Magnetic resonance imaging (MRI) can show severe brain swelling that often occurs prior to coma, and electroencephalography (EEG) detects abnormal brain waves even in patients with early, mild symptoms. Blood and urine analyses can provide important information about the cause of encephalopathy in patients suspected of taking large quantities of sedatives or other drugs.
This condition may disappear if the cause of symptoms is eliminated. In other cases, treatment is designed to improve liver function as much as possible; remove or relieve factors that worsen symptoms; and decrease the body's production of poisonous substances.
All non-essential medications are discontinued. Soft restraints are recommended in place of sedatives for patients who become agitated.
Enemas or laxatives are used to stimulate expulsion of toxic intestinal products. All or most protein is eliminated from the diet, and supplemental feeding may be necessary to replenish lost calories. Regular doses of neomycin (Neobiotic), taken orally or administered to comatose patients in liquid form through a tube, may be used to decrease production of protein-digesting bacteria in the bowel.
Lactulose, a synthetic sugar, changes the characteristics of intestinal bacteria, decreases the amount of ammonia accumulated in the body, and has laxative properties. The patient is given hourly doses of lactulose syrup until diarrhea occurs, then dosage is adjusted to maintain regular bowel function. Lactulose and dietary-protein restrictions may be used to control chronic encephalopathy.
Encephalopathy may be reversible if the responsible factor is identified and removed or treated. Patients whose condition is the result of chronic liver disease may recover completely after the underlying cause is corrected.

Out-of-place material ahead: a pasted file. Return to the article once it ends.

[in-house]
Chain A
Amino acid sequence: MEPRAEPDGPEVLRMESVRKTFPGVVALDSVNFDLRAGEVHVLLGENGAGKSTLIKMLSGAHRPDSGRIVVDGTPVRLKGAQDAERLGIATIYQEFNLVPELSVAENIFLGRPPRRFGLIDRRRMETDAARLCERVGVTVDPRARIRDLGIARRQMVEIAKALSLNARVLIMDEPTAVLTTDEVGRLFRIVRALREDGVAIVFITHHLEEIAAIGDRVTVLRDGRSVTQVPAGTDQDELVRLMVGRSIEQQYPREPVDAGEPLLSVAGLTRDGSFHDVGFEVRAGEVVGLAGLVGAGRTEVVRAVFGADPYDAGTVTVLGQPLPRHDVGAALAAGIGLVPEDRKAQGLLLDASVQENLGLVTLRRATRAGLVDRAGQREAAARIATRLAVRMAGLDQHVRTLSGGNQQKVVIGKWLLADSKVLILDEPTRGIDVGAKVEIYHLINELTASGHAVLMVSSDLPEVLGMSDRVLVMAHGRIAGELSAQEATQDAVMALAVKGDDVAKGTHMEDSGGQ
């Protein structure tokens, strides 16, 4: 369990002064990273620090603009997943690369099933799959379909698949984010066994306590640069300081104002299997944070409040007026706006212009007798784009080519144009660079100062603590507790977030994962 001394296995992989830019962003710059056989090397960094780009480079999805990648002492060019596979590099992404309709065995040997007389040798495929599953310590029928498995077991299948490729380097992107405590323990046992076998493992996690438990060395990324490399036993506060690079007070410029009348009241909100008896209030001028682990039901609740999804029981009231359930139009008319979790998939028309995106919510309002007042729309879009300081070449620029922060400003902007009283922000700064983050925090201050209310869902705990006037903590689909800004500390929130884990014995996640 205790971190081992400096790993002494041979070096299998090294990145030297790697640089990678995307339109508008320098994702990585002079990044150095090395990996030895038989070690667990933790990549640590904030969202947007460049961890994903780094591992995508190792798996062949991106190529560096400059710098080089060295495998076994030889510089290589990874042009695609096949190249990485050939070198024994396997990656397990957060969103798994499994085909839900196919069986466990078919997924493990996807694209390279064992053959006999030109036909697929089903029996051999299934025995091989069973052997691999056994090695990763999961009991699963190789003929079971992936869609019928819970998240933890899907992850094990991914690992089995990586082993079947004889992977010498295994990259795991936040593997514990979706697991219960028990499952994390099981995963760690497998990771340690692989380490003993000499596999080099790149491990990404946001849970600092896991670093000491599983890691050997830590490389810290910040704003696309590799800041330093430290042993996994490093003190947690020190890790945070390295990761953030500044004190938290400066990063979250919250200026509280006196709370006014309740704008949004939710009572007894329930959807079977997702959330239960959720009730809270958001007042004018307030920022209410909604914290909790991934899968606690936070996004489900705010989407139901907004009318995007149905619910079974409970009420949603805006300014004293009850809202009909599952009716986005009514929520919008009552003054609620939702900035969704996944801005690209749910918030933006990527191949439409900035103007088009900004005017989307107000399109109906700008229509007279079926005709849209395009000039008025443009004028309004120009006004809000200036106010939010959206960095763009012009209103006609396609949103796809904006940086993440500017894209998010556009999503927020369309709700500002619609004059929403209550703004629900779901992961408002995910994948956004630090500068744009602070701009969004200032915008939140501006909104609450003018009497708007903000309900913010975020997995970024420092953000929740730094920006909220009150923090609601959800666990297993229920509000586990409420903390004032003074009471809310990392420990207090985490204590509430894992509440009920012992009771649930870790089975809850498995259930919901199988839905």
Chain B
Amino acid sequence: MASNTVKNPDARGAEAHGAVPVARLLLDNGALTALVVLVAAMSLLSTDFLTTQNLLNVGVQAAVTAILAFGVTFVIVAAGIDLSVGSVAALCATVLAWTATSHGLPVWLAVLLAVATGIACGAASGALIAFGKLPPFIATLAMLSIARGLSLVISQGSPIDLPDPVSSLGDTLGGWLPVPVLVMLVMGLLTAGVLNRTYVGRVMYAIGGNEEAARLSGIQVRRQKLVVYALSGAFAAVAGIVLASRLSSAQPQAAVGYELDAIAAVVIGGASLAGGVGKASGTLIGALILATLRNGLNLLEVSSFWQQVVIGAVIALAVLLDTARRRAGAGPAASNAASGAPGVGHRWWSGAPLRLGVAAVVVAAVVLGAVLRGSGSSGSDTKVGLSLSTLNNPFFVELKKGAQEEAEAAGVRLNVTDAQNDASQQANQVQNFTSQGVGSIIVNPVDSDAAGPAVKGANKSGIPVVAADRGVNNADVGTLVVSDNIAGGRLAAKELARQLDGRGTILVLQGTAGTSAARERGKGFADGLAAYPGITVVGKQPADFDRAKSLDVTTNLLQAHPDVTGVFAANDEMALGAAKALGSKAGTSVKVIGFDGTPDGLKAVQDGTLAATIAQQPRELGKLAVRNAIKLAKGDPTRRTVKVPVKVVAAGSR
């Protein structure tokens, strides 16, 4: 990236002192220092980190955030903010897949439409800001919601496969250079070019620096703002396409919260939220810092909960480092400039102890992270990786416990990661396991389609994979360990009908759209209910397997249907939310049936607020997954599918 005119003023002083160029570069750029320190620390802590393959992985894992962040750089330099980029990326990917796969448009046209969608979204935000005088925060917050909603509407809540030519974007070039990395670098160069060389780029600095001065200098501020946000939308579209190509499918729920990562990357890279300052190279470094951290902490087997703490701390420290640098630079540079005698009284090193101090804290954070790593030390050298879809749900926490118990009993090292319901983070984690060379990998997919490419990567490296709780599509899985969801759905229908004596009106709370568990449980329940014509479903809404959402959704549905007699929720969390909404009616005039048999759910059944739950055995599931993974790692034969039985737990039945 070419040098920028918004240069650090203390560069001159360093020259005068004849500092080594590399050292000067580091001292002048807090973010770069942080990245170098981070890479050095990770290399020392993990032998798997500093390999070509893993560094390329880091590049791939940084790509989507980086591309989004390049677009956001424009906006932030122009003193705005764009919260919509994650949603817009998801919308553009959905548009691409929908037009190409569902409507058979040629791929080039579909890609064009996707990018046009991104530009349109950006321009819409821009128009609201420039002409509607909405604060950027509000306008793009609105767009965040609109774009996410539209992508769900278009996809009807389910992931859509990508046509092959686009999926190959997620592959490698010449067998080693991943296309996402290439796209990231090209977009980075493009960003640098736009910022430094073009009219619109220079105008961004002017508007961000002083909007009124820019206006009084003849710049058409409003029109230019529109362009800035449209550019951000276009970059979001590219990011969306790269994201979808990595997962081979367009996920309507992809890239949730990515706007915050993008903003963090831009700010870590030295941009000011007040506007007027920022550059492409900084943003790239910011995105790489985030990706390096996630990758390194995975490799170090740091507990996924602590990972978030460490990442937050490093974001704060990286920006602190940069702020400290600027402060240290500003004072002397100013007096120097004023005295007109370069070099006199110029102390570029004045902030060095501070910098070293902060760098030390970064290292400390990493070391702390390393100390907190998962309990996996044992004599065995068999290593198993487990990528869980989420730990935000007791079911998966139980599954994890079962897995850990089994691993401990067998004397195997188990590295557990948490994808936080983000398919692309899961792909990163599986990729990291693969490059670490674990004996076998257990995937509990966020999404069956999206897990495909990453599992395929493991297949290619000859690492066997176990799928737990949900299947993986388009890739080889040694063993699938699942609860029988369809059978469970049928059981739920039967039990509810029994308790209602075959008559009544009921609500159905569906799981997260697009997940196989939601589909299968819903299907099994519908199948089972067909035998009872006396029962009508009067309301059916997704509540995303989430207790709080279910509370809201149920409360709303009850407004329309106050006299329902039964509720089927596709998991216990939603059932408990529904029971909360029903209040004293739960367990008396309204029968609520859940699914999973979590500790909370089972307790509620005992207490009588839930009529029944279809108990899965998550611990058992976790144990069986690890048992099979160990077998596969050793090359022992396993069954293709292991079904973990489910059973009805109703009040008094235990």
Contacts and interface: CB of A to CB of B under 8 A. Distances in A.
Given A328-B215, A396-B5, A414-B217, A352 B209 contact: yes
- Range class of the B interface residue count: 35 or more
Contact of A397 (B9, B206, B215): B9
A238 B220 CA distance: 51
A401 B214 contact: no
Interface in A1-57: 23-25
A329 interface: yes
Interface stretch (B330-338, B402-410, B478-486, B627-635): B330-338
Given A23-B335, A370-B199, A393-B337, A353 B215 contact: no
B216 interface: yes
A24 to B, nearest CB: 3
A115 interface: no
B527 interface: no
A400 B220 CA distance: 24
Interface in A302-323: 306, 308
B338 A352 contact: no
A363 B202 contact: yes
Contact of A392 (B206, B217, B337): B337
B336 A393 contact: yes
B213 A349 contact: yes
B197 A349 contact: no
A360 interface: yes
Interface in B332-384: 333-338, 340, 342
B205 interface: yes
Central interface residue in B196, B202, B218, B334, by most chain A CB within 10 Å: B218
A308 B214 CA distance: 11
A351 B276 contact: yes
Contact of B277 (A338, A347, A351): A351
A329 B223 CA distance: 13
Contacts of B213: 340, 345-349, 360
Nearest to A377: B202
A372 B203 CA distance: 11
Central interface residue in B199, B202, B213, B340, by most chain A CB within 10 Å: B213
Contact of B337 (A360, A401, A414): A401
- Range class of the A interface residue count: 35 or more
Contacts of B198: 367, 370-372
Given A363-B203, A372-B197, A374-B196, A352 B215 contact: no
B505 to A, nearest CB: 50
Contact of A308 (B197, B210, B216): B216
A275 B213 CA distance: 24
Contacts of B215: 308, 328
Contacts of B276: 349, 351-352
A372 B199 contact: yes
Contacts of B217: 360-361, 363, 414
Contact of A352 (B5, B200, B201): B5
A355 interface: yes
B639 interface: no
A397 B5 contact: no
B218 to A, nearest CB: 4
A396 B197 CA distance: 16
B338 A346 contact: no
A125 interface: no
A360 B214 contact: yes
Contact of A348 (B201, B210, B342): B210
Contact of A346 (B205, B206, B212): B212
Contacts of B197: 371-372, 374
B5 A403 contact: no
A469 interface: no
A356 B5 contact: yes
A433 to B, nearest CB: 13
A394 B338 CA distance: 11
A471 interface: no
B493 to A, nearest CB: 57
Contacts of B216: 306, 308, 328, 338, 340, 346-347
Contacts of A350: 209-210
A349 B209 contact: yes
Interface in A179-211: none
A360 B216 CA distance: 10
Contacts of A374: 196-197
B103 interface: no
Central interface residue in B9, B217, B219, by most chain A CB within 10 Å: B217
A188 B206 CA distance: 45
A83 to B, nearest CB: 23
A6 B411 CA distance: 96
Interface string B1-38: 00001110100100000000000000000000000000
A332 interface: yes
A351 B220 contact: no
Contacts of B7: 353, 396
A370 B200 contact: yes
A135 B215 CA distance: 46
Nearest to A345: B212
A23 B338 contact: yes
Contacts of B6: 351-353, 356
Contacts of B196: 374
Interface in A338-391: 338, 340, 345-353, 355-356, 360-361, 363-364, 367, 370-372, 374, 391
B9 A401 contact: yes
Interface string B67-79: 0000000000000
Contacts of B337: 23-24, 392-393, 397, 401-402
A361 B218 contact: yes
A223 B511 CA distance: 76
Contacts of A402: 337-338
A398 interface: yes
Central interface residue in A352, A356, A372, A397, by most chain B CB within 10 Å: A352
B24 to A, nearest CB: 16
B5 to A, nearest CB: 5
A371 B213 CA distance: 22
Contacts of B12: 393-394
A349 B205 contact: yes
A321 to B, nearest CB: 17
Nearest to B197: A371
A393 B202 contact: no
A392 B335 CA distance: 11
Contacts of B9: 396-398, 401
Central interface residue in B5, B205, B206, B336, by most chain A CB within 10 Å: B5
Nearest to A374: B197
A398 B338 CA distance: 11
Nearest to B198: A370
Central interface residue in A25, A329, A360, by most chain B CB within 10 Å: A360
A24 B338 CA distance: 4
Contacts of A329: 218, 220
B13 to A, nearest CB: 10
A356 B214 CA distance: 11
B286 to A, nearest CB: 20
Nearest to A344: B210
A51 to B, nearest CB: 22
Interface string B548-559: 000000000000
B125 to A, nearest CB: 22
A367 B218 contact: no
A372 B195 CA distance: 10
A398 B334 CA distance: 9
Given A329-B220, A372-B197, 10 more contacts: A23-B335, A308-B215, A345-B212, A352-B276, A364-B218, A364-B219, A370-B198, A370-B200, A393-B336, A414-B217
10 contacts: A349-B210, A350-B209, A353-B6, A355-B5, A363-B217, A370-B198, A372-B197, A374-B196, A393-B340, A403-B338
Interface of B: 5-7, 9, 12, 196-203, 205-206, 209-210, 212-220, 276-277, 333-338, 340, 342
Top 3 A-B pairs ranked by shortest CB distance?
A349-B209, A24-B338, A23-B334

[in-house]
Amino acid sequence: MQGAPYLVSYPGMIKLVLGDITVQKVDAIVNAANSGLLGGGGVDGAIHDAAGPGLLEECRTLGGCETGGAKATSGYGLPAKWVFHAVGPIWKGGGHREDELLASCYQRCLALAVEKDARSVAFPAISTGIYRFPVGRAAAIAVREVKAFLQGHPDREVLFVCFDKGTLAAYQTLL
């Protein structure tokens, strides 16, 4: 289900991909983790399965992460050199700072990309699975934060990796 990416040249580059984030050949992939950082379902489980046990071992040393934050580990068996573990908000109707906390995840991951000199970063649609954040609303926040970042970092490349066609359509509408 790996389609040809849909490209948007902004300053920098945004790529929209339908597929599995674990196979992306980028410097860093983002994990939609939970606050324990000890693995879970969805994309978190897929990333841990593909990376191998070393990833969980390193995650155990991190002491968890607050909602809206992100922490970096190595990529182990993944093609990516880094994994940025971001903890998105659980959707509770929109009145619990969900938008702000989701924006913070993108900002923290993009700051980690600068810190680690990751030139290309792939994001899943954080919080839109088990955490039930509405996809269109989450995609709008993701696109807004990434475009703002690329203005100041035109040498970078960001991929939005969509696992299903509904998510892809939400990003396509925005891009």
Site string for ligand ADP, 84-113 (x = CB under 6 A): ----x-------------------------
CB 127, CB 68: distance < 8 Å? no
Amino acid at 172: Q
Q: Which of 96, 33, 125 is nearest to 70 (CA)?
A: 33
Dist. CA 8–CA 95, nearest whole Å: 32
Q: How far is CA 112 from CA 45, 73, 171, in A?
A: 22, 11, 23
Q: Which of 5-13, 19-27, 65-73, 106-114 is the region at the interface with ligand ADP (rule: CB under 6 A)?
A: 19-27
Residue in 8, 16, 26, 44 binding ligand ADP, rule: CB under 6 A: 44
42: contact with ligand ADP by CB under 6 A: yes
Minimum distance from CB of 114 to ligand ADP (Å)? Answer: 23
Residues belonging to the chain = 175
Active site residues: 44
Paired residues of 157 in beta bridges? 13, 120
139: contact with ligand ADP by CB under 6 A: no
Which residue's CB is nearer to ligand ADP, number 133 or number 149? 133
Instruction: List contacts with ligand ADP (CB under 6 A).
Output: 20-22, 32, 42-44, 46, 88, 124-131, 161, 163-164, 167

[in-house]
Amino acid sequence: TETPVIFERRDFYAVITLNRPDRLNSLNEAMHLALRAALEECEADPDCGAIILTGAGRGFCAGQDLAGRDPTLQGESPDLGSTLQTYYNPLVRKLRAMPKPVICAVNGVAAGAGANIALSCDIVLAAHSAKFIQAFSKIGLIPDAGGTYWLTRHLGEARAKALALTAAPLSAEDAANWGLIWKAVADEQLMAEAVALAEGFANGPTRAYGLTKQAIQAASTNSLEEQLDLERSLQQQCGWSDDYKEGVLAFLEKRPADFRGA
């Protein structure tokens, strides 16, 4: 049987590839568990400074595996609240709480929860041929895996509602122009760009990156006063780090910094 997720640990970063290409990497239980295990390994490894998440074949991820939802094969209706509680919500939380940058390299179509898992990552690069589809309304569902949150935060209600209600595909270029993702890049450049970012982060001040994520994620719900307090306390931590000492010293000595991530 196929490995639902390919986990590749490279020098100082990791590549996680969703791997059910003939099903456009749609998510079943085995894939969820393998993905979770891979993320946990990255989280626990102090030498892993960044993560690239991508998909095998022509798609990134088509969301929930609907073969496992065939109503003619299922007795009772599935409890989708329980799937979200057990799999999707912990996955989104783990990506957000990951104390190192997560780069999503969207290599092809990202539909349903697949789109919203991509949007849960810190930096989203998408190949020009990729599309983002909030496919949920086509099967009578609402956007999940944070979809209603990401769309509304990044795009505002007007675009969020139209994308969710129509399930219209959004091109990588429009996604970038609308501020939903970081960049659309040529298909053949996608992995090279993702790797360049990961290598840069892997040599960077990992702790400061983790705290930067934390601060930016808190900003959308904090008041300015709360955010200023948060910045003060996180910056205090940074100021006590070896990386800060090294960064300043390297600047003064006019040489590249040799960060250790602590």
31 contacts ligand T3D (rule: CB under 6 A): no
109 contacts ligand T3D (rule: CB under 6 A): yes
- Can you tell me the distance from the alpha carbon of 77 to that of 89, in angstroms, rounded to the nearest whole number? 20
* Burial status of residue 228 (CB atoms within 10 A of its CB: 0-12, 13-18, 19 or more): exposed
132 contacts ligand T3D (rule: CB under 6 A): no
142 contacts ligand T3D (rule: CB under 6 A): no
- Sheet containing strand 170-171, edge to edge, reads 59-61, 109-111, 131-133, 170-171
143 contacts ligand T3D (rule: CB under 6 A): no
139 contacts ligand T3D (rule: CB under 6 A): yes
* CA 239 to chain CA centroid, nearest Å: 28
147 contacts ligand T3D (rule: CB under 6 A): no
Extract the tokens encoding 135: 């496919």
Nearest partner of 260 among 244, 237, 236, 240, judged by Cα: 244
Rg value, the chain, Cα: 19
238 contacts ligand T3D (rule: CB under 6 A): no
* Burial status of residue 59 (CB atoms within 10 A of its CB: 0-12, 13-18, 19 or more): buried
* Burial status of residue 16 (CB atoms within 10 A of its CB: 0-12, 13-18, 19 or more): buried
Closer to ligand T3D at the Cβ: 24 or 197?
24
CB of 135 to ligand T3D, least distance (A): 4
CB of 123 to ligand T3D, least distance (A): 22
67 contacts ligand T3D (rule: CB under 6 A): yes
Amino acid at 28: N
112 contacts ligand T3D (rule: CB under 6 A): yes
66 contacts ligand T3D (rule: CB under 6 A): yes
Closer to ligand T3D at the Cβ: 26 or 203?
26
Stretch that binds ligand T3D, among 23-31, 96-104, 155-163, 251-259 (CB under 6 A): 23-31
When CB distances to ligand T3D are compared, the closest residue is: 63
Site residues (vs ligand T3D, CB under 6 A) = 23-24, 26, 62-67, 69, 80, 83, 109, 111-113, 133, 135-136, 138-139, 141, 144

Despite intensive treatment, encephalopathy caused by acute liver inflammation (fulminant hepatitis) is fatal for as many as 80% of patients. Those with chronic liver failure often die in hepatic coma.
Cirrhosis— A serious disease of the liver caused by chronic damage to its cells and the eventual formation of scar tissue (fibrosis).
Coma— A condition of deep unconsciousness from which the person cannot be aroused
Electrolytes— Substances that conduct electricity when they are in solution. In the body, electrolytes in the blood and tissues enable nerve impulses to flow normally.
Encephalopathy— A dysfunction of the brain. Hepatic encephalopathy is brain dysfunction that occurs because the liver isn't removing harmful substances from the blood.
American Liver Foundation. 1425 Pompton Ave., Cedar Grove, NJ 07009. (800) 223-0179. 〈http://www.liverfoundation.org〉.
"Liver Encephalopathy." Gale Encyclopedia of Medicine, 3rd ed.. . Encyclopedia.com. (February 20, 2019). https://www.encyclopedia.com/medicine/encyclopedias-almanacs-transcripts-and-maps/liver-encephalopathy
"Liver Encephalopathy." Gale Encyclopedia of Medicine, 3rd ed.. . Retrieved February 20, 2019 from Encyclopedia.com: https://www.encyclopedia.com/medicine/encyclopedias-almanacs-transcripts-and-maps/liver-encephalopathy